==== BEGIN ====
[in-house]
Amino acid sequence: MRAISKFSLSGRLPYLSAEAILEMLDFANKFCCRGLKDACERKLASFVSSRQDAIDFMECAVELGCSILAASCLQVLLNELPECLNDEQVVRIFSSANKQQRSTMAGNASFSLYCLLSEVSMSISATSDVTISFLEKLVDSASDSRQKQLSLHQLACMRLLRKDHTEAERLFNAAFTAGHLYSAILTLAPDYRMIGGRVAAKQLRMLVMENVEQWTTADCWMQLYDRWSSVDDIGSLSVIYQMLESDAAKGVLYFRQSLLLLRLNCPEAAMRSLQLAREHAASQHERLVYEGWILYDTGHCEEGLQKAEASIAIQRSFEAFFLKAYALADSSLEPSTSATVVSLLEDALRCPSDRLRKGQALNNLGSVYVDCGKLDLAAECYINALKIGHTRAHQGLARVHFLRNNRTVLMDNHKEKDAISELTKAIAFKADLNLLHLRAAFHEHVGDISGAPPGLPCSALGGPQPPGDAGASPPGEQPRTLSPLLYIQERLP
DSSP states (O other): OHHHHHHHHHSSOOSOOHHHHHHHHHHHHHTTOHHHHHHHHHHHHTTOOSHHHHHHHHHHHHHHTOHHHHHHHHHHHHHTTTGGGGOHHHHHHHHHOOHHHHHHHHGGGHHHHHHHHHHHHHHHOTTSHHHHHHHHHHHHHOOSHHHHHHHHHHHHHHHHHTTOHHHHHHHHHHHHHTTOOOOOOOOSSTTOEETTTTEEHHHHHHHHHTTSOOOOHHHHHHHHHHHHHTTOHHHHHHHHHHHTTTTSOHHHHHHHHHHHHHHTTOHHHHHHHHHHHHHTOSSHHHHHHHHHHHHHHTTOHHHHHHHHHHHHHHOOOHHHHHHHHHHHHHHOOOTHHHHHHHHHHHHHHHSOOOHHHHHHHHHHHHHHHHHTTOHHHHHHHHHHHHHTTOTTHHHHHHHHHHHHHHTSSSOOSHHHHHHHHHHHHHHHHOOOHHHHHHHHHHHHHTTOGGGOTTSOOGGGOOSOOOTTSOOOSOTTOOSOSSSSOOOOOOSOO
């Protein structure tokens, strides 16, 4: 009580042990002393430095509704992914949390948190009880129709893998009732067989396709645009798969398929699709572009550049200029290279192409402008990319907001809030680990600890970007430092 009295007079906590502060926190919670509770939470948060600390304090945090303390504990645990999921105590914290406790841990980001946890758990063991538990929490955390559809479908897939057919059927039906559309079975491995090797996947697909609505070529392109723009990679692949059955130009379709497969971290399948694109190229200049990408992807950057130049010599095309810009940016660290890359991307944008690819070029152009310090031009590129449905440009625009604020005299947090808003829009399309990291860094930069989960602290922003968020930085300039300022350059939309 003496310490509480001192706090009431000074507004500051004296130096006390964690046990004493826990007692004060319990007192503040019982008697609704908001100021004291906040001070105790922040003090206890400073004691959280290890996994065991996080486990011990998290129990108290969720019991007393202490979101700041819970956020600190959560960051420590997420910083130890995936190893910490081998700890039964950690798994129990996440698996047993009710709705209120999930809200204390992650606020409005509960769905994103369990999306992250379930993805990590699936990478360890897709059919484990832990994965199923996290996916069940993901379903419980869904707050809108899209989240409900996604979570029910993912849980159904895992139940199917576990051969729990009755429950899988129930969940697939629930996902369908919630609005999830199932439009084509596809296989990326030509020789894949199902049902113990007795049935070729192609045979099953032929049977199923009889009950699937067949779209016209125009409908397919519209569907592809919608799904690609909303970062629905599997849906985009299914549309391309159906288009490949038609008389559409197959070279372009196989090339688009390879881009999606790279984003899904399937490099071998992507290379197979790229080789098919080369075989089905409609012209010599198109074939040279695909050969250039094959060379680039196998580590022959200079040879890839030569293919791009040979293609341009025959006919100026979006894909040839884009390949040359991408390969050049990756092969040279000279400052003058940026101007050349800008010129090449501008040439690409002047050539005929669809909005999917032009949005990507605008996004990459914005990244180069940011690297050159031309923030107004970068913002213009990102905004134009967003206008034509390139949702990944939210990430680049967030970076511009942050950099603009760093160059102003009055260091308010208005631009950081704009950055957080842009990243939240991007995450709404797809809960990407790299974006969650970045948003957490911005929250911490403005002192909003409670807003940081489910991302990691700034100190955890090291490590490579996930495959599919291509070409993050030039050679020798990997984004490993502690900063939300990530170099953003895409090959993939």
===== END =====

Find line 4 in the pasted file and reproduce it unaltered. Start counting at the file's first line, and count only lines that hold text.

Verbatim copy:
């Protein structure tokens, strides 16, 4: 009580042990002393430095509704992914949390948190009880129709893998009732067989396709645009798969398929699709572009550049200029290279192409402008990319907001809030680990600890970007430092 009295007079906590502060926190919670509770939470948060600390304090945090303390504990645990999921105590914290406790841990980001946890758990063991538990929490955390559809479908897939057919059927039906559309079975491995090797996947697909609505070529392109723009990679692949059955130009379709497969971290399948694109190229200049990408992807950057130049010599095309810009940016660290890359991307944008690819070029152009310090031009590129449905440009625009604020005299947090808003829009399309990291860094930069989960602290922003968020930085300039300022350059939309 003496310490509480001192706090009431000074507004500051004296130096006390964690046990004493826990007692004060319990007192503040019982008697609704908001100021004291906040001070105790922040003090206890400073004691959280290890996994065991996080486990011990998290129990108290969720019991007393202490979101700041819970956020600190959560960051420590997420910083130890995936190893910490081998700890039964950690798994129990996440698996047993009710709705209120999930809200204390992650606020409005509960769905994103369990999306992250379930993805990590699936990478360890897709059919484990832990994965199923996290996916069940993901379903419980869904707050809108899209989240409900996604979570029910993912849980159904895992139940199917576990051969729990009755429950899988129930969940697939629930996902369908919630609005999830199932439009084509596809296989990326030509020789894949199902049902113990007795049935070729192609045979099953032929049977199923009889009950699937067949779209016209125009409908397919519209569907592809919608799904690609909303970062629905599997849906985009299914549309391309159906288009490949038609008389559409197959070279372009196989090339688009390879881009999606790279984003899904399937490099071998992507290379197979790229080789098919080369075989089905409609012209010599198109074939040279695909050969250039094959060379680039196998580590022959200079040879890839030569293919791009040979293609341009025959006919100026979006894909040839884009390949040359991408390969050049990756092969040279000279400052003058940026101007050349800008010129090449501008040439690409002047050539005929669809909005999917032009949005990507605008996004990459914005990244180069940011690297050159031309923030107004970068913002213009990102905004134009967003206008034509390139949702990944939210990430680049967030970076511009942050950099603009760093160059102003009055260091308010208005631009950081704009950055957080842009990243939240991007995450709404797809809960990407790299974006969650970045948003957490911005929250911490403005002192909003409670807003940081489910991302990691700034100190955890090291490590490579996930495959599919291509070409993050030039050679020798990997984004490993502690900063939300990530170099953003895409090959993939």